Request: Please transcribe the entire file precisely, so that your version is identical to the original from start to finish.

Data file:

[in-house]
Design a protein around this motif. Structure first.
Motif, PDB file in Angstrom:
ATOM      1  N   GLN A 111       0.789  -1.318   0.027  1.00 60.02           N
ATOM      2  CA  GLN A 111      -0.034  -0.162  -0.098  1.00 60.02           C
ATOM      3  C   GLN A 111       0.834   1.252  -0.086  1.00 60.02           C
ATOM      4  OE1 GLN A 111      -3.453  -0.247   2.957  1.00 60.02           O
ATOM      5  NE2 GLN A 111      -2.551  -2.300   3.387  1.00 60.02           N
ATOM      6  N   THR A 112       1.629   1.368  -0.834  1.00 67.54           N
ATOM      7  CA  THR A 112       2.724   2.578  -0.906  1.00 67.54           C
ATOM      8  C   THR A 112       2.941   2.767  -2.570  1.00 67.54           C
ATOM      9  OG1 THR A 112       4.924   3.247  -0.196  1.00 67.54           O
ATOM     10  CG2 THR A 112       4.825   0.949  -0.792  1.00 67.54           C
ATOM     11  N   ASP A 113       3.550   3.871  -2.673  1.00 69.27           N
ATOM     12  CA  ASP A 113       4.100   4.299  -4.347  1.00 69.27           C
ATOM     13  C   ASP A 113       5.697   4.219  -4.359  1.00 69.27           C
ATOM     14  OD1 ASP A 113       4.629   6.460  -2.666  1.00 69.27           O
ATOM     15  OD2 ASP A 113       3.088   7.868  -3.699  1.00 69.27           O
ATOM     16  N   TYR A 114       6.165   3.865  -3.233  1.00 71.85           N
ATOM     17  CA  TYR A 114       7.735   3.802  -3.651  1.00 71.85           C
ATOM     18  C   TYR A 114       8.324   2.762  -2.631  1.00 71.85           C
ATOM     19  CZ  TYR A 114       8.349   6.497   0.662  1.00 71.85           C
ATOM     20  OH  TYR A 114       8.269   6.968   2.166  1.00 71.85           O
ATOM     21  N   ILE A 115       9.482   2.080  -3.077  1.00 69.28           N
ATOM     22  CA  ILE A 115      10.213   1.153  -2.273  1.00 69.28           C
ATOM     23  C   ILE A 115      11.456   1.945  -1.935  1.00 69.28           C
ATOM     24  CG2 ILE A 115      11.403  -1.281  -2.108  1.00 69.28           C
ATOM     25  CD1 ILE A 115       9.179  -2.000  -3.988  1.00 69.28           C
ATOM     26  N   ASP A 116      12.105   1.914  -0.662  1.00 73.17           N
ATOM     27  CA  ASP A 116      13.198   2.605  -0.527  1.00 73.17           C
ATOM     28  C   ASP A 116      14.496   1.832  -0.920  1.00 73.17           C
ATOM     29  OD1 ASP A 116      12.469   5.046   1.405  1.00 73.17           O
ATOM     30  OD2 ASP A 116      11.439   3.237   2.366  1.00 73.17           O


[in-house]
Design a protein around this motif. Structure first.
Motif, PDB file in Angstrom:
ATOM      1  N   GLN A 111       0.789  -1.318   0.027  1.00 60.02           N
ATOM      2  CA  GLN A 111      -0.034  -0.162  -0.098  1.00 60.02           C
ATOM      3  C   GLN A 111       0.834   1.252  -0.086  1.00 60.02           C
ATOM      4  OE1 GLN A 111      -3.453  -0.247   2.957  1.00 60.02           O
ATOM      5  NE2 GLN A 111      -2.551  -2.300   3.387  1.00 60.02           N
ATOM      6  N   THR A 112       1.629   1.368  -0.834  1.00 67.54           N
ATOM      7  CA  THR A 112       2.724   2.578  -0.906  1.00 67.54           C
ATOM      8  C   THR A 112       2.941   2.767  -2.570  1.00 67.54           C
ATOM      9  OG1 THR A 112       4.924   3.247  -0.196  1.00 67.54           O
ATOM     10  CG2 THR A 112       4.825   0.949  -0.792  1.00 67.54           C
ATOM     11  N   ASP A 113       3.550   3.871  -2.673  1.00 69.27           N
ATOM     12  CA  ASP A 113       4.100   4.299  -4.347  1.00 69.27           C
ATOM     13  C   ASP A 113       5.697   4.219  -4.359  1.00 69.27           C
ATOM     14  OD1 ASP A 113       4.629   6.460  -2.666  1.00 69.27           O
ATOM     15  OD2 ASP A 113       3.088   7.868  -3.699  1.00 69.27           O
ATOM     16  N   TYR A 114       6.165   3.865  -3.233  1.00 71.85           N
ATOM     17  CA  TYR A 114       7.735   3.802  -3.651  1.00 71.85           C
ATOM     18  C   TYR A 114       8.324   2.762  -2.631  1.00 71.85           C
ATOM     19  CZ  TYR A 114       8.349   6.497   0.662  1.00 71.85           C
ATOM     20  OH  TYR A 114       8.269   6.968   2.166  1.00 71.85           O
ATOM     21  N   ILE A 115       9.482   2.080  -3.077  1.00 69.28           N
ATOM     22  CA  ILE A 115      10.213   1.153  -2.273  1.00 69.28           C
ATOM     23  C   ILE A 115      11.456   1.945  -1.935  1.00 69.28           C
ATOM     24  CG2 ILE A 115      11.403  -1.281  -2.108  1.00 69.28           C
ATOM     25  CD1 ILE A 115       9.179  -2.000  -3.988  1.00 69.28           C
ATOM     26  N   ASP A 116      12.105   1.914  -0.662  1.00 73.17           N
ATOM     27  CA  ASP A 116      13.198   2.605  -0.527  1.00 73.17           C
ATOM     28  C   ASP A 116      14.496   1.832  -0.920  1.00 73.17           C
ATOM     29  OD1 ASP A 116      12.469   5.046   1.405  1.00 73.17           O
ATOM     30  OD2 ASP A 116      11.439   3.237   2.366  1.00 73.17           O